Another four am start. Another cold morning. Another walk through darkness and another outstanding experience. After years and years and y-e-a-rs of trying to get on board a hot air balloon, I finally managed to get airborne and float across the Pyrenees in September this year. Barely a month later, good luck struck again and the soles of my feet trusted a wicker basket once more to hold me in the sky.
I wrote about my first hot air balloon ride over here, with some of my favourite photos here.
So how did the two compare?
This time, the setting was the raw and rust, rock and dust of Wadi Rum, also known as the Valley of the Moon in Jordan.
Instead of hay and fresh wet grass, earth like crazed cement lined the floor we waited on. The basket, too, was smaller. Much, much smaller.
In the Pyrenees, around twenty of us flew together, camera in one hand, glass of cava in the other. This time, we were down to five. Myself, three tiny waifs and a black-cloaked giant with an over-excitable way of taking photos. A characteristic, as it turned out, that made quite a difference to the overall journey.
Our laundry basket wobbled, the flame roared above our scalps and then, without warning, the earth was gone.
Take off had been as dreamy and unexpected as that first time in the Pyrenees. Thereafter, however, things were different.
The basket rocked each time the giant moved to take a photo. Scalps singed each time the balloon needed a top up of fire (alright, I’m exaggerating a little here. No actual damage was done.) All in all, the situation seemed a lot more precarious without the stability of a large balloon. Or, perhaps, the illusion from the glass of cava.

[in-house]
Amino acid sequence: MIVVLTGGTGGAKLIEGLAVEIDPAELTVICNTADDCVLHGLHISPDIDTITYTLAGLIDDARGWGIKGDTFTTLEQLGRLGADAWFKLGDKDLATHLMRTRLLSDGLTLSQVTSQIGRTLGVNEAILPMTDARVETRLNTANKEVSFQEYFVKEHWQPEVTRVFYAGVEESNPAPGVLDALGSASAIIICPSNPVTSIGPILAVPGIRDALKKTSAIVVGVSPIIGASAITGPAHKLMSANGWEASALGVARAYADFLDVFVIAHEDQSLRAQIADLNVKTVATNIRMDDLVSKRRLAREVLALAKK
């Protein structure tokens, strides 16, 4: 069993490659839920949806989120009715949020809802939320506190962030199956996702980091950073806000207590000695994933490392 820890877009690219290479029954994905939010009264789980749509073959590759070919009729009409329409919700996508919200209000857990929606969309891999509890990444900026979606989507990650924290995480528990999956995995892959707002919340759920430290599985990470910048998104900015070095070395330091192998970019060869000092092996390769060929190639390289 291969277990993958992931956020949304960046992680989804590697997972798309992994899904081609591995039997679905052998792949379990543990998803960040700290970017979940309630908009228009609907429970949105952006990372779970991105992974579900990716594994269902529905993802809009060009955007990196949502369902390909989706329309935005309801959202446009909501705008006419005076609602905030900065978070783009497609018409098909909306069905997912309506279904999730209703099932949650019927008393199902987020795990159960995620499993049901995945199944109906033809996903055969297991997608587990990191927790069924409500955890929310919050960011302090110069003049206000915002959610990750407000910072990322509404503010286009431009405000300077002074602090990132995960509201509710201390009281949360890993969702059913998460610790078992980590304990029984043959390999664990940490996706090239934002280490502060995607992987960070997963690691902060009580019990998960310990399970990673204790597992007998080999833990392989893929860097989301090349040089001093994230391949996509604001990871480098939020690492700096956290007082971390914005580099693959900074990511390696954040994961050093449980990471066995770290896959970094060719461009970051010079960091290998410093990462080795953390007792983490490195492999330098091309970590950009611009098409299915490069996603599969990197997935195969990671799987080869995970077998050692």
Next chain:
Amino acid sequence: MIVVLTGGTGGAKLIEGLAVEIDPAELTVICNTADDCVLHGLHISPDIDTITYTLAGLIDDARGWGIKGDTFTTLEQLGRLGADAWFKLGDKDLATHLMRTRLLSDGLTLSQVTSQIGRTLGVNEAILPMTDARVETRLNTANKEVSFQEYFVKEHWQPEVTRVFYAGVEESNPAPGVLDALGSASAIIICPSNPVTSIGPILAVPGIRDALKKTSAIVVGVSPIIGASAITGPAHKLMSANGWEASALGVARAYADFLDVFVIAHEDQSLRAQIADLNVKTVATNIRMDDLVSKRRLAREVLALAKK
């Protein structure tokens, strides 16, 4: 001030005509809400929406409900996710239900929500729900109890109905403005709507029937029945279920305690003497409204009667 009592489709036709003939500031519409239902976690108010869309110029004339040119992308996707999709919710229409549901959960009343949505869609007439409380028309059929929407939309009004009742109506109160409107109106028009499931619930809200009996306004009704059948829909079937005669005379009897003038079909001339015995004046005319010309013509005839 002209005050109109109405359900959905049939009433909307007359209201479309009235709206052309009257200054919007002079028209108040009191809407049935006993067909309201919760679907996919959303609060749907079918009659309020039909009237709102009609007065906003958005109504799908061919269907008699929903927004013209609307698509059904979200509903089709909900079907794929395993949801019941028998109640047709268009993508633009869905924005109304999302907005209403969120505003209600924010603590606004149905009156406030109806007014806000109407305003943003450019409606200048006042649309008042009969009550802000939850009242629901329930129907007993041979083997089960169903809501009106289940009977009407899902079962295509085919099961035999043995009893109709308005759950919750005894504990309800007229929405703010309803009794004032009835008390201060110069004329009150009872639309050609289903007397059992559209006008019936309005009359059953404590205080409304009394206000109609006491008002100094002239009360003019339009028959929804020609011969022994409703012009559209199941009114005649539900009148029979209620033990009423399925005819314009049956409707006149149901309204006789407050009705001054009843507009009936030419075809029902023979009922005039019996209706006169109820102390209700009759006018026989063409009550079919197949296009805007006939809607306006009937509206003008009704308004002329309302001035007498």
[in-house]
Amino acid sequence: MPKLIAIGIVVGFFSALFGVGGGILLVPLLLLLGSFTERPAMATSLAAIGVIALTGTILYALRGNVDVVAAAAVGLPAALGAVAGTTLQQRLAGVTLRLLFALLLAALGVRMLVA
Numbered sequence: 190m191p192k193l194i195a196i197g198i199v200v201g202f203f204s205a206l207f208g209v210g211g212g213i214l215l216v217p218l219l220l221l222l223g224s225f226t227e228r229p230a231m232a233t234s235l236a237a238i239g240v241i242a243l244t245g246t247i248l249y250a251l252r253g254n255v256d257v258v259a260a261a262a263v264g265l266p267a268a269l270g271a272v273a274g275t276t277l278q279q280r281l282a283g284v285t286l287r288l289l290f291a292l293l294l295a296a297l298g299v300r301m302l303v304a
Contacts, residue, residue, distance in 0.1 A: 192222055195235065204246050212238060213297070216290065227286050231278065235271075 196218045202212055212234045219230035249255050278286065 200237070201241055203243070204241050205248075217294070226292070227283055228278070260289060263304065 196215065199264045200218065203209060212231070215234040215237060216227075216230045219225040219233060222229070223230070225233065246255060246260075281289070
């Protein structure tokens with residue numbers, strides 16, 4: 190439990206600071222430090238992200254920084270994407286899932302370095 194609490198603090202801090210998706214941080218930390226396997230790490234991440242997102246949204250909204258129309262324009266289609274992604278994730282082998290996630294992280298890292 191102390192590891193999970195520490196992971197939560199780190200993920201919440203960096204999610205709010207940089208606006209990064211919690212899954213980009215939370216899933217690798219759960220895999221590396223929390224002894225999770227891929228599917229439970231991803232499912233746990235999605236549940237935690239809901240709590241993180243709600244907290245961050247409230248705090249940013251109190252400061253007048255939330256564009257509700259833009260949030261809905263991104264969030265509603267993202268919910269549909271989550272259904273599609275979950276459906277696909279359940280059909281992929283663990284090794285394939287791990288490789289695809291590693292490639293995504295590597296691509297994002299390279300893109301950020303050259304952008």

As for the landscape, Wadi Rum provides the kinds of views that make you feel lucky to be alive. Shadowy mountains rising from the earth. The palest blue light fading in from the horizon. A firecracker palette of emptiness, save for a few children herding goats. Even the administrative entrance to the park took on a different dimension from above, like a US satellite picture from an action thriller film.
And silence – save for the flame.
In the Pyrenees we travelled for miles, but here we barely moved. Our pilot poured water over the edge to assess the direction of the wind. The droplets fell straight down to earth.
The basket swerved as the giant took another photo and then the pilot shook his head.
“Not enough,” he said. “There’s not enough wind today. We will have to go back down.”
Disappointed, our balloon descended gently, while the sun rose through the sky.
Balloon Flights: Hot Air Balloon Rides in Wadi Majib – Royal Aero Sports Club of Jordan
Tel: +962 3205 8050
Email: [email protected]
Disclosure: I visited Jordan as a guest of Visit Jordan. All words, pictures, video clips, ideas, ramblings, entertainment and whatever else you may find here are my own. As usual. But don’t just take my word for it, check out this post on hot air balloon rides over Wadi Rum by Keith Jenkins of Velvet Escape. Or, if that’s not enough, abseil down the side of Wadi Rum with Traveldudes. That was on my itinerary at one stage but the timing didn’t work out. Yes, that’s what it was, honest…